ages 11-18

Shakespeare at his finest, or at least at his shortest!

There is something to be said about Shakespeare, and that something might possibly be that it is not possible to get an understanding of the plot of a Shakespearean play in fewer than 10 seconds. Well, now it is, thanks to Brevity is the Soul of Wit!

Want to know what happens to Henry VI in Henry VI part 2? This book breaks it down!

Need to know what Hamlet does in Hamlet? This book gets you the answer you are seeking!

Want to know what happens Cymbeline? Wait...Shakespeare wrote a play called Cymbeline...? Well, not only do know now know the Bard's lesser-known titles, you can also know the overall arc of the main plot!

The art isn't breath-taking, and the prose isn't overwrought, and short and sweet is a whole new way to appreciate Shakespeare's work! If you are a fan of Shakespeare, you'll laugh at the extremely summarized style. The artist clearly loves the work of Shakespeare and it shines throughout the book. This is a great, and quick read and very much worth the time!

It's Banned Books Week! Sept. 27 - Oct. 3

Banned Books Week 2015 posterBanned Books Week 2015 poster

What is Banned Books Week, you may ask? It's an event put on by the American Library Association every year to celebrate the freedom to read! The ALA does not believe in censorship, and celebrating banned or challenged books draws attention to the harm potentially caused when access is restricted. If you haven't already, come check out our Banned Books Week display in the Downtown Youth Department and take a peek at the books we've chosen to highlight - some of them may surprise you!

What does it mean if a book is challenged or banned? Well, it simply means that someone doesn't like it! It could be a parent who doesn't agree with their child's assigned reading list for school, or a teacher who doesn't believe a particular title should be allowed in his/her district's curriculum. Books are challenged with the best intentions - to protect others, most commonly children, from difficult ideas and information. However, banning a book goes far beyond simply expressing a point of view or exercising beliefs. Removing material from a school's curriculum or the public library restricts the access of others who may not hold those same beliefs.

If you've had a chance to look at the display or check out the list of titles that are in it, you're probably wondering why some great books have been challenged or banned. Well, hold onto your hats and find some pearls to clutch, because we're about to tell you!

Survive the Night!

Now that fall is here, Halloween is already on my mind and I can't think of a better way to celebrate than to dive into Danielle Vega's newest teen horror book Survive the Night!

Don't let the cover fool you: this is a seriously creepy novel. In it, Casey and her friends go to an all-night rave called Survive the Night. The secret party is located underground in the subways of New York, and there are crazy rumors about what goes on in the tunnels below. When Casey wanders off down the subway line, she finds one of her friends has been violently, viciously murdered. When she gets back to the party, everyone but the rest of her friends have cleared out and the manhole exit is sealed. Casey realizes that the killer is still in the subway system, and the group is trapped down there with them. What was once a party quickly turns into a frantic fight for survival, as Casey and her group realize they are being hunted by whoever (or whatever) is down in the subways with them.

This book is not for everyone (especially not tweens or those with a weak stomach). Survive the Night requires a little suspension of disbelief and takes a while to get going, but once it does it's a non-stop thrill ride right up until the end. My heart was pounding as I raced through the last few chapters as things kept building and building.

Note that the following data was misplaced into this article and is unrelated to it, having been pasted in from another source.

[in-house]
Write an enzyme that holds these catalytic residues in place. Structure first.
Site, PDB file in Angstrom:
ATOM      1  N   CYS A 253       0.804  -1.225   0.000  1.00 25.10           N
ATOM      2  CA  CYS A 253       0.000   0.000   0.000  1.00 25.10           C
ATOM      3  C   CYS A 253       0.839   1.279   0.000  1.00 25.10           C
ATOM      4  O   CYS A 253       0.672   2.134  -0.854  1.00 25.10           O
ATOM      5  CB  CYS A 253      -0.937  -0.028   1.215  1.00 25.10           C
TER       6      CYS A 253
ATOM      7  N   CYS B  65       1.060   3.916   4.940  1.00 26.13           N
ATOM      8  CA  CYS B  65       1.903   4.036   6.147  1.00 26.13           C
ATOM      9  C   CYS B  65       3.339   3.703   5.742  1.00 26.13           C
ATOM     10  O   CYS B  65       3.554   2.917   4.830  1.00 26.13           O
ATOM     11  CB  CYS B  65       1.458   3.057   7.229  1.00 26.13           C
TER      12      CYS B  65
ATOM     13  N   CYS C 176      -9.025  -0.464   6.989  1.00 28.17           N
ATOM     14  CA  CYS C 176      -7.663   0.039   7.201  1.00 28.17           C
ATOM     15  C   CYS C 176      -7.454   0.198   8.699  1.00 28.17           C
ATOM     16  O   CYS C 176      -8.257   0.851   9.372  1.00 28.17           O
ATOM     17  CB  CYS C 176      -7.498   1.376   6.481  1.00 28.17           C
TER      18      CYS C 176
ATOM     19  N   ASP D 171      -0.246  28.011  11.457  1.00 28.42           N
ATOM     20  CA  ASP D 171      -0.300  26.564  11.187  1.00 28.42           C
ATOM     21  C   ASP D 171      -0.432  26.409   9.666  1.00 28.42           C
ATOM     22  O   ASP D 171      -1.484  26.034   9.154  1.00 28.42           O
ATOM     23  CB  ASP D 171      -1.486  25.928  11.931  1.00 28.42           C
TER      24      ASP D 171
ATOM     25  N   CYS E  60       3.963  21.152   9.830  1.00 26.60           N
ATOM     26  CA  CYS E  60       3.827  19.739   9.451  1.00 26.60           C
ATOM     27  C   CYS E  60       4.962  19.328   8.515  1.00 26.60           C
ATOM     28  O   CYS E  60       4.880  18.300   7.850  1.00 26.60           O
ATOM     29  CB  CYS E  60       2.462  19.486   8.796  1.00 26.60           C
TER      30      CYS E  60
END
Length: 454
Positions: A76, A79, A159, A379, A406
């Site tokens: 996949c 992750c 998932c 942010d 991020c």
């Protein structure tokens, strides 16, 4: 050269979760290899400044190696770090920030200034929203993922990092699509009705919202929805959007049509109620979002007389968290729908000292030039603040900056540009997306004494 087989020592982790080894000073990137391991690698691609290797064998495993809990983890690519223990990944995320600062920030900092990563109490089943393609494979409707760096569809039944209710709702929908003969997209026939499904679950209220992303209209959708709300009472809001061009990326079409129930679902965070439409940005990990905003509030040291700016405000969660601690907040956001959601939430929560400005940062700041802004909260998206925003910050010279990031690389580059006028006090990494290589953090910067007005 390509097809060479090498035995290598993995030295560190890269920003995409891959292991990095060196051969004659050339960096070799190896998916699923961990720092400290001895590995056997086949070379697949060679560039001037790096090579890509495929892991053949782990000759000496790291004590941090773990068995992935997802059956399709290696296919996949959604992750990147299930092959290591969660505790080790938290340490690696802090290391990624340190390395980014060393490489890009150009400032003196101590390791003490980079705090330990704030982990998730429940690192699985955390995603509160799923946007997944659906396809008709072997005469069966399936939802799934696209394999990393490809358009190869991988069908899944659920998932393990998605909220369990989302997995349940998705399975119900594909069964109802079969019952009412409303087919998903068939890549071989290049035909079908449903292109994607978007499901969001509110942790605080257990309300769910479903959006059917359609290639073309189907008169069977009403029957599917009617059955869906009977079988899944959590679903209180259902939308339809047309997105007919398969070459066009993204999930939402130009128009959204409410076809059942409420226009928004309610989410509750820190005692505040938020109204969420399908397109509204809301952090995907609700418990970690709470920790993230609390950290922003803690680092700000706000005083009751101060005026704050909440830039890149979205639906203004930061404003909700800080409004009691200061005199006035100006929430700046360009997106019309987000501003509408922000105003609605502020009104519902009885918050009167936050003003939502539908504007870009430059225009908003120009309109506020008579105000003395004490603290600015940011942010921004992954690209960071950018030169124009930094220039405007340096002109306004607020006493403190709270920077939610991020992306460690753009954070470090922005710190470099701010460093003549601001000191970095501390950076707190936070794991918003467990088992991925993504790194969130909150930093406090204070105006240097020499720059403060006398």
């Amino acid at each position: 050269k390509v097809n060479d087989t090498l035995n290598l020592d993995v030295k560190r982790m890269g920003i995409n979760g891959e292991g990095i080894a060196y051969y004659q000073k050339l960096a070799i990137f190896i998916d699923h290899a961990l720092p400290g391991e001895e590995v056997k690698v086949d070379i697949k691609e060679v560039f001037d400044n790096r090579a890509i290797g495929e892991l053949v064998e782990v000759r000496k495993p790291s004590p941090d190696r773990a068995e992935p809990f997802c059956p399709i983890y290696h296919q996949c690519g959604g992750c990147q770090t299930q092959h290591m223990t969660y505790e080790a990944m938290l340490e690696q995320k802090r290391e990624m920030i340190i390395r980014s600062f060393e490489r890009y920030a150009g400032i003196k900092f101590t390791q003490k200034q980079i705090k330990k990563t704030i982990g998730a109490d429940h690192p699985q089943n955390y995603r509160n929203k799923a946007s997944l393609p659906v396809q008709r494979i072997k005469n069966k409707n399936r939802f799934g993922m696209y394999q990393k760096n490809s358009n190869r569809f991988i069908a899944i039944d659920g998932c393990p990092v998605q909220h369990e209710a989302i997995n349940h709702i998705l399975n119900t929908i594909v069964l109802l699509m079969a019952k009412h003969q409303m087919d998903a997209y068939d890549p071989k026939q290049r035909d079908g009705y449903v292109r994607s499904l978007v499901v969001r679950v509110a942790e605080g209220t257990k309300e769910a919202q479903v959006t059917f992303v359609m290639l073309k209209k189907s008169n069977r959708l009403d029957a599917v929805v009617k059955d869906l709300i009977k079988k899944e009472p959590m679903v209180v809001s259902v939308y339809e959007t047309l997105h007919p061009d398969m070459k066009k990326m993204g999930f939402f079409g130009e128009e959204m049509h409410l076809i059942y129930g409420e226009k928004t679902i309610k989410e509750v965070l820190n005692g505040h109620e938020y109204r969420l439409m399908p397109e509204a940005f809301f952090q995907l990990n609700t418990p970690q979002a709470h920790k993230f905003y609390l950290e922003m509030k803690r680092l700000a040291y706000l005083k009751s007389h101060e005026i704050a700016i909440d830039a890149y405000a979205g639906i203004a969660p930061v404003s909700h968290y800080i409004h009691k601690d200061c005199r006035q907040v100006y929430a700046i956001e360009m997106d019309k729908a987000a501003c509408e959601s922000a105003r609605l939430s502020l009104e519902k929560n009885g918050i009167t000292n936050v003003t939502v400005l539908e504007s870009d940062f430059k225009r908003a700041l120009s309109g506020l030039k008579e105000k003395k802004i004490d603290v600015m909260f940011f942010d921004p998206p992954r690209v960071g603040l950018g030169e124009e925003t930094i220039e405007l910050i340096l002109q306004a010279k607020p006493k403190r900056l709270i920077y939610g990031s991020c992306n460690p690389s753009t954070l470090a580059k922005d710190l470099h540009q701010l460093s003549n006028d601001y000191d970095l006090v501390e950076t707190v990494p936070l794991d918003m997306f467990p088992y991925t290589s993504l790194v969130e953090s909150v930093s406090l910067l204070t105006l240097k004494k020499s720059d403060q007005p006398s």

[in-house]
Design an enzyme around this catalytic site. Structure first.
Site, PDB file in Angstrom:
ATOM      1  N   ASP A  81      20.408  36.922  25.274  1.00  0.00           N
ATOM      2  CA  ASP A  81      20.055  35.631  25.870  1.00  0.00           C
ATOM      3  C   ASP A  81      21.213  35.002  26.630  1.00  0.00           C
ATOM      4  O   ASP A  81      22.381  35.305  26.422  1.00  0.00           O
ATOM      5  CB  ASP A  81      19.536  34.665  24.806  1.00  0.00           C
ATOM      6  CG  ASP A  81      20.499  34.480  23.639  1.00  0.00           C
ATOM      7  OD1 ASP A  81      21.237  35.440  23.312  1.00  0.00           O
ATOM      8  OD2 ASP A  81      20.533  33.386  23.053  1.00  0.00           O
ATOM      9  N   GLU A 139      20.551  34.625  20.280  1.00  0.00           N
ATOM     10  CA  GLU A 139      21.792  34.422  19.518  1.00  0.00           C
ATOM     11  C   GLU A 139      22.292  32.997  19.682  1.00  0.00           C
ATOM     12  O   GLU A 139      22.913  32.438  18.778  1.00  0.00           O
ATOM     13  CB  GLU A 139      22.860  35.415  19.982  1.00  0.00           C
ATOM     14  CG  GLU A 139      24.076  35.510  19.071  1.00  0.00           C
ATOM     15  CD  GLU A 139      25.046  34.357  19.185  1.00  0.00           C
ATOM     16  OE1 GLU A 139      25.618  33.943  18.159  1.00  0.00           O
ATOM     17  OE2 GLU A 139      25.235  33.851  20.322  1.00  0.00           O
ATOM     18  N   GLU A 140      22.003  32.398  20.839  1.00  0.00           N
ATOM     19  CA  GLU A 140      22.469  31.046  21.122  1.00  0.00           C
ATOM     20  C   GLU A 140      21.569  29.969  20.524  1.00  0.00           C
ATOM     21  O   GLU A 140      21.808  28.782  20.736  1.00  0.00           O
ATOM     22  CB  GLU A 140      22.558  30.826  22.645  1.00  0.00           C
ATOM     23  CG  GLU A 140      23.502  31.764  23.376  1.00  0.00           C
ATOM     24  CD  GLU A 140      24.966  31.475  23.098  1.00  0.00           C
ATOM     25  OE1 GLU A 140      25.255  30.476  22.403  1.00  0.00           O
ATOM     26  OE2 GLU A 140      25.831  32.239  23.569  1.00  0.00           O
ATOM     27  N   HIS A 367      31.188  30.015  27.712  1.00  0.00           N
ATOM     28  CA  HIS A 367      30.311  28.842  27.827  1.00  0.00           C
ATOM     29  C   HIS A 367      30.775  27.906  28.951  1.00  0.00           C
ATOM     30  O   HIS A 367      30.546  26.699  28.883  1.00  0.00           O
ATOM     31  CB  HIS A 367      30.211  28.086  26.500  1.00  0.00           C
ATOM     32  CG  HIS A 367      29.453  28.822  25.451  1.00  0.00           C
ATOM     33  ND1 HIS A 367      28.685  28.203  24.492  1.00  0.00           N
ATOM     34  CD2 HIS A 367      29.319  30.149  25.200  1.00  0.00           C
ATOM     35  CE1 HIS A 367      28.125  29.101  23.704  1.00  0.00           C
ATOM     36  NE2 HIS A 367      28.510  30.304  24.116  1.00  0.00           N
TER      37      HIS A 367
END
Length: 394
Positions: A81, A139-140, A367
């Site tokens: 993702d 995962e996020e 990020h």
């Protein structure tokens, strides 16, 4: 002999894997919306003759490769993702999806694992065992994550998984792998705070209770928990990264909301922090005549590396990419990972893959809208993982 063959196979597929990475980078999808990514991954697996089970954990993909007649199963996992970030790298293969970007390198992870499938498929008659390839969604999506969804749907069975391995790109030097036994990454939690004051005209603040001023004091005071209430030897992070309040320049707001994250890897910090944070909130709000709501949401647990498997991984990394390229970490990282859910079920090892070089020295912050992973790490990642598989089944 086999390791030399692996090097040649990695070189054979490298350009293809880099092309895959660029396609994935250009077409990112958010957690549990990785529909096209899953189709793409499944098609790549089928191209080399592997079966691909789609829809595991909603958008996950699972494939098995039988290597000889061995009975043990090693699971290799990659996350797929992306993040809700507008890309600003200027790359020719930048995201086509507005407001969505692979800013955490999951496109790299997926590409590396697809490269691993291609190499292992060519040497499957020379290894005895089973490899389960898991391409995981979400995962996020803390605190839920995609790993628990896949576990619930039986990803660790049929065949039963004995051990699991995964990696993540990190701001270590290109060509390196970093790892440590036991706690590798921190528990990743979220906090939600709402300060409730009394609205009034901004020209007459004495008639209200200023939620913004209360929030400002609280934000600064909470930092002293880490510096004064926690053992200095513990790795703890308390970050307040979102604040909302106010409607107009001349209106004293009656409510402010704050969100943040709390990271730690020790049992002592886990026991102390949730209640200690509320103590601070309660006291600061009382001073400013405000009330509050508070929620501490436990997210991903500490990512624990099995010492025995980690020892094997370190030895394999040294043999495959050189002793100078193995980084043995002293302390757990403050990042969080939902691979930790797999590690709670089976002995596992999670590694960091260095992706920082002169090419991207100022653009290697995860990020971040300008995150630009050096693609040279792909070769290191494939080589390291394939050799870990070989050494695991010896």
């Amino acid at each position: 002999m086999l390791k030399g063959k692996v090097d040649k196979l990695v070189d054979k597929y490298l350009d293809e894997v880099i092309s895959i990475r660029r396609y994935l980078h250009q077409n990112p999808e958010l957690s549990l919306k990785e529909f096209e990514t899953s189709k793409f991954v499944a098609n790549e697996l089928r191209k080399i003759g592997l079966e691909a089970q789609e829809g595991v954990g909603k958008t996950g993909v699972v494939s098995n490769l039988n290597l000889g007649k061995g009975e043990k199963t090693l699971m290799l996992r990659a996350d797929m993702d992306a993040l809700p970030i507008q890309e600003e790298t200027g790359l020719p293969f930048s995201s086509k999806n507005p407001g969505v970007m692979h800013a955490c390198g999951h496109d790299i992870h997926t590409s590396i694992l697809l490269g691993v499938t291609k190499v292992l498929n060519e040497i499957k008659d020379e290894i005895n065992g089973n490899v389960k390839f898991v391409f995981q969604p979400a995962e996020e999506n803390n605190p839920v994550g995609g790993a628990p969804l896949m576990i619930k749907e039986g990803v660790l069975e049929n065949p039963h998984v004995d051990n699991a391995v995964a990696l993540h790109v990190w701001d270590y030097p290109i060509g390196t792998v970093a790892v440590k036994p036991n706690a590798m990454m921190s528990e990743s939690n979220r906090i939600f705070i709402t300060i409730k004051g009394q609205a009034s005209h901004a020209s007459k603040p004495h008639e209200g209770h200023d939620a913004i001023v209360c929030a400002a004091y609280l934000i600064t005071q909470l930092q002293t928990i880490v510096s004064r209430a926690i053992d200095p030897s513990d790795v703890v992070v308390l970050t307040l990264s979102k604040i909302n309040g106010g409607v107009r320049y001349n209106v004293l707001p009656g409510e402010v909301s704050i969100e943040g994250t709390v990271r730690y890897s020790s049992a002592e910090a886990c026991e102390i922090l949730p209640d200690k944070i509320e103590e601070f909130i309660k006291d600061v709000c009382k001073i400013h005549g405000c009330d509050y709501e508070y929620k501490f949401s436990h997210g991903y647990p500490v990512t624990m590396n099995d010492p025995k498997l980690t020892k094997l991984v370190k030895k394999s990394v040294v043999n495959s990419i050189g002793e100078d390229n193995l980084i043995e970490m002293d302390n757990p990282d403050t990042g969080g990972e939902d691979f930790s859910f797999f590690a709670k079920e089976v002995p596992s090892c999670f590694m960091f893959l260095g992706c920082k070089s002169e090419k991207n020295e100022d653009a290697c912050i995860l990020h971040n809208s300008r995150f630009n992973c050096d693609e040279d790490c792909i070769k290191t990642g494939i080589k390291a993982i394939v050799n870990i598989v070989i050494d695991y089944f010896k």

This is Danielle Vega's second book. The first, The Merciless, is another great teen horror novel and the film rights were just acquired by Lionsgate Films. The Merciless isn't available through AADL yet, but can be found through our MeLCat lending system.

Bunny Drop a great manga for teens and older!

There is nothing normal about the beginnings of Bunny Drop, it starts with a death, Daikichi's grandfather dies and leaves behind a surprise for everyone in the family. He has an illegitimate daughter named Rin, who is only 6 years old. Follow the unlikely family as Daikichi and Rin learn how to live together and create a life together.
This manga is seriously cute, but it's not the cute that makes this manga worth reading (though cute is never a bad thing in a josei manga) it deals with the struggles of raising a child, especially one that is not biologically yours. It also deals with issues such as, abandonment, death, unexpected pregnancy, fame and friendship.

The library has all 9 volumes and so you can read the entire story from start to finish! So check out Bunny Drop!

Book to Film: The Scorch Trials

Now in theaters is The Scorch Trials, based on the book of the same name by James Dashner. This is the 2nd of 5 books in the popular dystopian science fiction Maze Runner series, and this new movie looks like another adrenaline rusher!

In The Maze Runner 16 year old Thomas wakes up with no memory in the middle of a maze and he realizes he must work with those around him in order to stay alive and escape. Now in The Scorch Trials he and several others face even more obstacles as they struggle to fight for their lives in the Scorch.

New Teen Fiction: Stand-Off by Andrew Smith

Stand-Off by Andrew Smith is the sequel to the acclaimed teen novel Winger. Ryan Dean West is now a 15 year old senior at Pine Mountain Academy, and in his last year he struggles with dealing with what happened last year at school, and is thus convinced that N.A.T.E. (the Next Accidental Terrible Experience) is lurking around every corner. He becomes captain of the rugby team and shares his dorm room with a 12 year old prodigy named Sam Abernathy who watches cooking shows and sleeps in soccer jammies. (I have to admit, scenes with The Abernathy were so laugh-out-loud hilarious!) A lot of things change this year and Ryan Dean isn’t always up to the challenge.

Ryan Dean is a very likeable character with such a great and realistic teen voice. If you haven’t read Winger, read that and then read Stand-Off. I didn't know a sequel was coming and as soon as it fell into my hands I scarfed it down and then wanted more.

Andrew Smith is one author who keeps knocking it out of the park with stellar teen fiction.

Graphic Novels For Jim Butcher Fans